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Moussaoui's fate a matter of 'What if?'

U.S. insists truth could have thwarted 9/11 plot

By Phil Hirschkorn



Federal Bureau of Investigation (FBI)
Air Transportation
September 11 attacks

ALEXANDRIA, Virginia (CNN) -- Whether Zacarias Moussaoui lives or dies boils down to one question: "What if?"

Prosecutors laid out their case this week: Had Moussaoui told the truth when he was questioned 25 days before the attacks of September 11, 2001, FBI agents might have tracked down the terrorists before they were able to execute their plan.

Moussaoui has admitted being an al Qaeda agent but denied that he was to have taken part in the September 11 plot. He was arrested on immigration charges in August 2001. The government is seeking the death penalty against him.

For three hours this week, jurors saw a dazzling interactive display showing how the FBI quickly figured out the connections between the terrorist pilots of the four hijacked passenger jets, and at least seven of their "muscle" hijackers who attacked the flight crews.

It was a tour de force of investigative skill -- tracing records of telephone calls between the U.S.-based operatives and their overseas paymasters, tracking those numbers to addresses where the hijackers lived, obtaining bank and shopping records of the men, and discovering what flight schools they attended to train for their mission.

But however rapid the detective work was, it all unfolded after the fact -- with the help of all 11,000 FBI agents. Could the same web of al Qaeda terrorism in America have been unraveled in the days between Moussaoui's arrest and the attacks?

The premise of the testimony and presentation by Aaron Zebley, the last government witness, was that if Moussaoui had admitted to being a would-be hijacker, FBI agents might have tracked down the terrorists who were then days away from buying their plane tickets.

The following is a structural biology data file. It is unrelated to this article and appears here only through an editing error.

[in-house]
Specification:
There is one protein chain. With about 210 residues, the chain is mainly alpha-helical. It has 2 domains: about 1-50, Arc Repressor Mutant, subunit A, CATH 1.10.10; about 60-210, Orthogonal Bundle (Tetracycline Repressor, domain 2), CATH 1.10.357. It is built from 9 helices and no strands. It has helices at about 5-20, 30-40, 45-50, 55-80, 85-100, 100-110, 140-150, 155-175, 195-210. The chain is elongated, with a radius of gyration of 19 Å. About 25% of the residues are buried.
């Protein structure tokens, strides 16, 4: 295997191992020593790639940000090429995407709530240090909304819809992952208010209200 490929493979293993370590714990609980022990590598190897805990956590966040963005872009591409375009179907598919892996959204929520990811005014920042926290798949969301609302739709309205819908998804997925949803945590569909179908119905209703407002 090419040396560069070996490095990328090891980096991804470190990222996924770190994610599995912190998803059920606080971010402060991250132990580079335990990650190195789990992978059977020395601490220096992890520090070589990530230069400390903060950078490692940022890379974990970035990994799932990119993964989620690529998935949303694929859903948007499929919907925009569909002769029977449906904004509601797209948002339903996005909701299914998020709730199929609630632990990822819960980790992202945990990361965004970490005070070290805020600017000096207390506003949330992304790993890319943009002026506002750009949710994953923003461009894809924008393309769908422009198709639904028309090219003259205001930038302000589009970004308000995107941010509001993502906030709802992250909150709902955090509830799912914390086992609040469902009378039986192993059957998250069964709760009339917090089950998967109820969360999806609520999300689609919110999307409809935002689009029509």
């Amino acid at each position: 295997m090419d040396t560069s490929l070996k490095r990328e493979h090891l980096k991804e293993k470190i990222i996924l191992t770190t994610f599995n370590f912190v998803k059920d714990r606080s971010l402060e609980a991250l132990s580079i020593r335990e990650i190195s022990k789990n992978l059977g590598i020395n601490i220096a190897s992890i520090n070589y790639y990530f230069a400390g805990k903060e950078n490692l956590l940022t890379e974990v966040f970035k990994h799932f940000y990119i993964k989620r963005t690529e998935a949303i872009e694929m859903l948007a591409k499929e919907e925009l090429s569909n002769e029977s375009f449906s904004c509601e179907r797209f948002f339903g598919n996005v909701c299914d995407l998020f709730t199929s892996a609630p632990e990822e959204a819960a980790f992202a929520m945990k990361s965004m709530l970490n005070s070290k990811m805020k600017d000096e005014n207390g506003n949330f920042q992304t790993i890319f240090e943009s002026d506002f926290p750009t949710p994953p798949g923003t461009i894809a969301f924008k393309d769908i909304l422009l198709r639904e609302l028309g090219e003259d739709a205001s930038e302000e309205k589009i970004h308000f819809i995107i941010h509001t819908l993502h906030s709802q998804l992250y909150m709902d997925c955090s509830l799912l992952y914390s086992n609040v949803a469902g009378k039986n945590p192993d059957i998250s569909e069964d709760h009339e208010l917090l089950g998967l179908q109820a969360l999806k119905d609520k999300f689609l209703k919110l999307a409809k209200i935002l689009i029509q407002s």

U.S.: Lies protected 9/11 plot

Instead, Moussaoui told a series of lies, which prosecutors contend protected the plot. His lies, they claim, make Moussaoui liable for at least one of the 2,793 deaths that occurred when jets slammed into the World Trade Center, the Pentagon and a field in Pennsylvania.

The defense counterweight to this theory has been to show the FBI's bureaucratic blocking of the Moussaoui leads, such as they were, and the government's slowness to act on information in its possession about two leading hijackers who lived openly in the United States for 18 months before the attacks.

"The FBI has to have a confession before anybody listens?" asked Moussaoui defense attorney Edward MacMahon while cross-examining Zebley.

"Everyone would have been listening," a slightly rattled Zebley said, had Moussaoui admitted why he was rushing to complete a Boeing 747 jet simulator training, why he was buying knives with short blades and who was sending him money.

If only Moussaoui allowed the arresting agents to look at his belongings, they would have found Western Union receipts for $14,000 in wire transfers from Germany and the name and phone number of the sender handwritten in Moussaoui's notebook.

That information, Zebley said, would have been "something you could run with."

Moussaoui's money transfers would have led the FBI to a key coordinator of the plot -- Ramzi Binalshibh, a Yemeni who tried and failed four times to acquire a visa to come to the United States. He sent Moussaoui the cash and facilitated the activities of three hijacker-pilots who once shared an apartment with him in Hamburg.